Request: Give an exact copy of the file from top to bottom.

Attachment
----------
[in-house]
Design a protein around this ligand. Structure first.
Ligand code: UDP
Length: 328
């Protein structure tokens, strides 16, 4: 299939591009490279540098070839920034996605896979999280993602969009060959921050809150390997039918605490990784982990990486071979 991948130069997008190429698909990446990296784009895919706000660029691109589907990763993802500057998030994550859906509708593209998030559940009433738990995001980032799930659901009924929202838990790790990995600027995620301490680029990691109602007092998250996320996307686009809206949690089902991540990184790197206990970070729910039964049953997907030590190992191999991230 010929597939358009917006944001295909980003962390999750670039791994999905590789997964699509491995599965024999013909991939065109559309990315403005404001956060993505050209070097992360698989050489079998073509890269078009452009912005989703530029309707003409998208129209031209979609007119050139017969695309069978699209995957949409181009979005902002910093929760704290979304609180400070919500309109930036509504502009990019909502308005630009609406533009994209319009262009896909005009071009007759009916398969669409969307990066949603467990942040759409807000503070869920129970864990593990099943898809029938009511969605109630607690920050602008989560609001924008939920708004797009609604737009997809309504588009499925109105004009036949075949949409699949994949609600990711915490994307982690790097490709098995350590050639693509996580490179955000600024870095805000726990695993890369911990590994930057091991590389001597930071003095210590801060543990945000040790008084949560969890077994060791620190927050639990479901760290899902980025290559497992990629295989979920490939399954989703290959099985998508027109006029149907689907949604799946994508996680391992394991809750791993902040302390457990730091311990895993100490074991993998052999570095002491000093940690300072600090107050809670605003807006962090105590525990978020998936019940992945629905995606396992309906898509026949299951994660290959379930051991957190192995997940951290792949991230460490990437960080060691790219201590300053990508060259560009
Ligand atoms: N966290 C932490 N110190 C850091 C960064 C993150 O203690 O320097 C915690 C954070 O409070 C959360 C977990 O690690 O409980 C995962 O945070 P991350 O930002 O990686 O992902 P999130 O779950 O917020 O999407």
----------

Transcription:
[in-house]
Design a protein around this ligand. Structure first.
Ligand code: UDP
Length: 328
């Protein structure tokens, strides 16, 4: 299939591009490279540098070839920034996605896979999280993602969009060959921050809150390997039918605490990784982990990486071979 991948130069997008190429698909990446990296784009895919706000660029691109589907990763993802500057998030994550859906509708593209998030559940009433738990995001980032799930659901009924929202838990790790990995600027995620301490680029990691109602007092998250996320996307686009809206949690089902991540990184790197206990970070729910039964049953997907030590190992191999991230 010929597939358009917006944001295909980003962390999750670039791994999905590789997964699509491995599965024999013909991939065109559309990315403005404001956060993505050209070097992360698989050489079998073509890269078009452009912005989703530029309707003409998208129209031209979609007119050139017969695309069978699209995957949409181009979005902002910093929760704290979304609180400070919500309109930036509504502009990019909502308005630009609406533009994209319009262009896909005009071009007759009916398969669409969307990066949603467990942040759409807000503070869920129970864990593990099943898809029938009511969605109630607690920050602008989560609001924008939920708004797009609604737009997809309504588009499925109105004009036949075949949409699949994949609600990711915490994307982690790097490709098995350590050639693509996580490179955000600024870095805000726990695993890369911990590994930057091991590389001597930071003095210590801060543990945000040790008084949560969890077994060791620190927050639990479901760290899902980025290559497992990629295989979920490939399954989703290959099985998508027109006029149907689907949604799946994508996680391992394991809750791993902040302390457990730091311990895993100490074991993998052999570095002491000093940690300072600090107050809670605003807006962090105590525990978020998936019940992945629905995606396992309906898509026949299951994660290959379930051991957190192995997940951290792949991230460490990437960080060691790219201590300053990508060259560009
Ligand atoms: N966290 C932490 N110190 C850091 C960064 C993150 O203690 O320097 C915690 C954070 O409070 C959360 C977990 O690690 O409980 C995962 O945070 P991350 O930002 O990686 O992902 P999130 O779950 O917020 O999407």